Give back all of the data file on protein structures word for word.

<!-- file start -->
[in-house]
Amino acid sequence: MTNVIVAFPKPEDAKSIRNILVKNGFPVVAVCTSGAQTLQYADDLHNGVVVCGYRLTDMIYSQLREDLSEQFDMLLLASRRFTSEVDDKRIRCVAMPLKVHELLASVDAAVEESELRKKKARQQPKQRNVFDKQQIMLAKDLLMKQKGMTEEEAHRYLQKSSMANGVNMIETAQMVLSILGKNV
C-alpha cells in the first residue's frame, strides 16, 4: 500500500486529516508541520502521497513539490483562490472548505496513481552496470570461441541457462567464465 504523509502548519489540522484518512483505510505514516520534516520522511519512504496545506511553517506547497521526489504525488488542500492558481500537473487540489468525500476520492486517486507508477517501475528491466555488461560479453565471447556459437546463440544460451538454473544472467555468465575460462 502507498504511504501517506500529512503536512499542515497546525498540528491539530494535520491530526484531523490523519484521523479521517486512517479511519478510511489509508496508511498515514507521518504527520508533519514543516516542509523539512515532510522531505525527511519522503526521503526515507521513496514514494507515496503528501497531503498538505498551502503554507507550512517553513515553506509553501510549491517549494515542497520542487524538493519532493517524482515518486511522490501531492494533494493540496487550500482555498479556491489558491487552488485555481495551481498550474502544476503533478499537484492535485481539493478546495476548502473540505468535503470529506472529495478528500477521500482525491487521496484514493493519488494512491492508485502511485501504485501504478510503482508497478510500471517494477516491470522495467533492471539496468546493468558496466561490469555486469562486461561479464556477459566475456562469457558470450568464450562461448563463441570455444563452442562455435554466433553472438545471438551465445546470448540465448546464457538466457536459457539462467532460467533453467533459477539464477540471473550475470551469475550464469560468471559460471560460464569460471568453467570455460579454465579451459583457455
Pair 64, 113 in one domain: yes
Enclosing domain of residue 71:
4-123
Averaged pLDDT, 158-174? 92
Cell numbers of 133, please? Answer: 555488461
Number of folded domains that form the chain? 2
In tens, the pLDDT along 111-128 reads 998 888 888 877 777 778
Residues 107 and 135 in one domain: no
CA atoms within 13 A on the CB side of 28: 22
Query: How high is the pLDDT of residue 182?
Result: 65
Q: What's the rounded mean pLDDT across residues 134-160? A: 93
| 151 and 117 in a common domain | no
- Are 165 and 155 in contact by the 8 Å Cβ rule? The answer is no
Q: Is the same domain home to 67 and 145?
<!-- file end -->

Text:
[in-house]
Amino acid sequence: MTNVIVAFPKPEDAKSIRNILVKNGFPVVAVCTSGAQTLQYADDLHNGVVVCGYRLTDMIYSQLREDLSEQFDMLLLASRRFTSEVDDKRIRCVAMPLKVHELLASVDAAVEESELRKKKARQQPKQRNVFDKQQIMLAKDLLMKQKGMTEEEAHRYLQKSSMANGVNMIETAQMVLSILGKNV
C-alpha cells in the first residue's frame, strides 16, 4: 500500500486529516508541520502521497513539490483562490472548505496513481552496470570461441541457462567464465 504523509502548519489540522484518512483505510505514516520534516520522511519512504496545506511553517506547497521526489504525488488542500492558481500537473487540489468525500476520492486517486507508477517501475528491466555488461560479453565471447556459437546463440544460451538454473544472467555468465575460462 502507498504511504501517506500529512503536512499542515497546525498540528491539530494535520491530526484531523490523519484521523479521517486512517479511519478510511489509508496508511498515514507521518504527520508533519514543516516542509523539512515532510522531505525527511519522503526521503526515507521513496514514494507515496503528501497531503498538505498551502503554507507550512517553513515553506509553501510549491517549494515542497520542487524538493519532493517524482515518486511522490501531492494533494493540496487550500482555498479556491489558491487552488485555481495551481498550474502544476503533478499537484492535485481539493478546495476548502473540505468535503470529506472529495478528500477521500482525491487521496484514493493519488494512491492508485502511485501504485501504478510503482508497478510500471517494477516491470522495467533492471539496468546493468558496466561490469555486469562486461561479464556477459566475456562469457558470450568464450562461448563463441570455444563452442562455435554466433553472438545471438551465445546470448540465448546464457538466457536459457539462467532460467533453467533459477539464477540471473550475470551469475550464469560468471559460471560460464569460471568453467570455460579454465579451459583457455
Pair 64, 113 in one domain: yes
Enclosing domain of residue 71:
4-123
Averaged pLDDT, 158-174? 92
Cell numbers of 133, please? Answer: 555488461
Number of folded domains that form the chain? 2
In tens, the pLDDT along 111-128 reads 998 888 888 877 777 778
Residues 107 and 135 in one domain: no
CA atoms within 13 A on the CB side of 28: 22
Query: How high is the pLDDT of residue 182?
Result: 65
Q: What's the rounded mean pLDDT across residues 134-160? A: 93
| 151 and 117 in a common domain | no
- Are 165 and 155 in contact by the 8 Å Cβ rule? The answer is no
Q: Is the same domain home to 67 and 145?